Archives for January 2017


Recently, Steve Byk, on his SiriusXM show “At the Races” had a thought-provoking discussion with Blood-Horse writer Steve Haskin pertaining to the difficulty of regulators staying ahead of unscrupulous horse trainers who administer performance-enhancing drugs to their animals.  Haskin pointed out that new and exotic PEDS can go undetected by existing tests administered by the laboratories hired by state racing commissions.  He also said that this is not a recent phenomenon, but rather, has been true throughout horse racing history.

Byk and Haskin were in agreement that if laboratories were to freeze post-race samples taken from racehorses (and widely publicize it) that preservation would be a deterrent to trainers thinking about utilizing a new PED that labs currently don’t test for.  While a test might not exist today to detect a certain PED, it may exist in the future and the frozen samples could be tested accordingly.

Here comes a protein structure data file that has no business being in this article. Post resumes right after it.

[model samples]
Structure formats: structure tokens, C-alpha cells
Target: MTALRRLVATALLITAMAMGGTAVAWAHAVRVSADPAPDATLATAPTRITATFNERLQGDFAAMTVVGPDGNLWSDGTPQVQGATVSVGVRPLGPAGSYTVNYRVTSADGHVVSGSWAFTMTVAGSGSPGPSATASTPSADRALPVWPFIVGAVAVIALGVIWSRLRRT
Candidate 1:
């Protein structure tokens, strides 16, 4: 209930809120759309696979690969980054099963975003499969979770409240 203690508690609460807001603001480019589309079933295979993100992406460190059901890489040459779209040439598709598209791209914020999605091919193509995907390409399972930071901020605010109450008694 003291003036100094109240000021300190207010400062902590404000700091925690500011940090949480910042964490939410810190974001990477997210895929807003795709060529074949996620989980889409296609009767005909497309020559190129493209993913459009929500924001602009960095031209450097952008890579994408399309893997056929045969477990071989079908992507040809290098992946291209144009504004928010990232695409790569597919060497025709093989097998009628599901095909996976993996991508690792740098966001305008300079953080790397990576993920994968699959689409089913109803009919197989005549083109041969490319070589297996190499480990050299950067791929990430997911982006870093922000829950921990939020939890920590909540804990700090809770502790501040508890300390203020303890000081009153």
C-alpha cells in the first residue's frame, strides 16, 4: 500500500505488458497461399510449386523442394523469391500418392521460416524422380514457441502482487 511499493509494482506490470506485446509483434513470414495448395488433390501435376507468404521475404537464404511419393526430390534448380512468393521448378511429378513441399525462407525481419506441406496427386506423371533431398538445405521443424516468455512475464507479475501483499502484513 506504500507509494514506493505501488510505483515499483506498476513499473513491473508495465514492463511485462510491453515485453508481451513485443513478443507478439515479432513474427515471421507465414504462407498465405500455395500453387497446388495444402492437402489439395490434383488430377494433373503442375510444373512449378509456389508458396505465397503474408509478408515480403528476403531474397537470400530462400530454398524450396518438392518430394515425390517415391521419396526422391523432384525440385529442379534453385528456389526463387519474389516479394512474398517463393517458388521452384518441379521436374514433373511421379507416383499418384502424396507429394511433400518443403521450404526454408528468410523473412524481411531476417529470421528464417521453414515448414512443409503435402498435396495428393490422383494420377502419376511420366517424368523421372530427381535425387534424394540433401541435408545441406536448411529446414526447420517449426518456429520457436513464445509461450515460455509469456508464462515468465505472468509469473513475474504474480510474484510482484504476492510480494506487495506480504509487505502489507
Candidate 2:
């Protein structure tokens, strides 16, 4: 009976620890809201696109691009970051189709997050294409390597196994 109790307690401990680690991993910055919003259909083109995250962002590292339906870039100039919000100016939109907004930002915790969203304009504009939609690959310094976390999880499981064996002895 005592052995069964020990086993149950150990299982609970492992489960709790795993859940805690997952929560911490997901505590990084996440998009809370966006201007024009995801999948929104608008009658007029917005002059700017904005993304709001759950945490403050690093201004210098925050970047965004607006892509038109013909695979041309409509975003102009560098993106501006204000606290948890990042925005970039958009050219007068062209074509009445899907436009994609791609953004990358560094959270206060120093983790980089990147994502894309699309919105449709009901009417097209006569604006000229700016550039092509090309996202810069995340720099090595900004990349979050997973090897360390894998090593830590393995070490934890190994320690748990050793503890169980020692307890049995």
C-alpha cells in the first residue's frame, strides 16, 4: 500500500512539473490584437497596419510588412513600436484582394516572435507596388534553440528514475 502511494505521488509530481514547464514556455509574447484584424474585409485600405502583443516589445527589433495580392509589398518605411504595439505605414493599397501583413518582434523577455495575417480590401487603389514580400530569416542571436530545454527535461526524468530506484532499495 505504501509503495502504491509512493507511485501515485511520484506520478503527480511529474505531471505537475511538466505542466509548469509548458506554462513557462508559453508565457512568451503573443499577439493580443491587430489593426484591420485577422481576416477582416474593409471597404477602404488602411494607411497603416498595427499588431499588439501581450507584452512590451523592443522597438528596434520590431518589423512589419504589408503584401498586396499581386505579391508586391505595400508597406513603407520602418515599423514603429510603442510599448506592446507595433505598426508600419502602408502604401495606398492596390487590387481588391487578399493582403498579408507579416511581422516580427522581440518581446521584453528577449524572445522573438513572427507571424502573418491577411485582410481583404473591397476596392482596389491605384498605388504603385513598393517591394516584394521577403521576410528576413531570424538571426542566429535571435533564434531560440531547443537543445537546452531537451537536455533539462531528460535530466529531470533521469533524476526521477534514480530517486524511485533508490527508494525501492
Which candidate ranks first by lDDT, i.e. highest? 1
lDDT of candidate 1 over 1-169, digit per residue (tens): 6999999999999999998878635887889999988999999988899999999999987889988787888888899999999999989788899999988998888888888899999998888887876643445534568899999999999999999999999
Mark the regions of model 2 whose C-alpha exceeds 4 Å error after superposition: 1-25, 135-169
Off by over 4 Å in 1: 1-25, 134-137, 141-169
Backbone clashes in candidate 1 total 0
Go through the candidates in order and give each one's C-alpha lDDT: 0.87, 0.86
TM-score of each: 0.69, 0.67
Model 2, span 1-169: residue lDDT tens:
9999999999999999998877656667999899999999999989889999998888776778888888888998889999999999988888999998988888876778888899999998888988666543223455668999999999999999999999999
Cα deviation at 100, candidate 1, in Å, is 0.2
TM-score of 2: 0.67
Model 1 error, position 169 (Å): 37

The International Olympic Committee in January 2017 provided a prime example of such delayed detection and sanctions via results from its renewed anti-doping tests.  The IOC retested urine samples from the 2008 Olympics and discovered that sprinter Nesta Carter helped Jamaica win the 4 x 100 relay while on the prohibited substance methylhexaneamine.  As a result, approaching nine years after the fact, the IOC disqualified all members of the Jamaican relay team and stripped them of their gold medals.

Byk and Haskin are correct that scientific advancements can be and are used to retroactively administer justice.  Notably, DNA innovations have served to exonerate convicts on death row for crimes committed years before the science of DNA was perfected.  Conversely, people have been convicted for crimes from years ago, using modern DNA techniques.

I don’t know whether State Racing Commissions could afford the costs of storing and testing a massive number of samples from so many past races.  Even if they could, imagine a scenario in which improved laboratory tests found that a winner of the Kentucky Derby or Breeders’ Cup Classic from 15 or 20 years ago ran on a PED that was undetectable with the drug-testing techniques of the time.  I suspect a statute of limitations provision would come into play.  If not, some fortunate attorneys would surely get a lot of business litigating the case.

Copyright © 2017 Horse Racing Business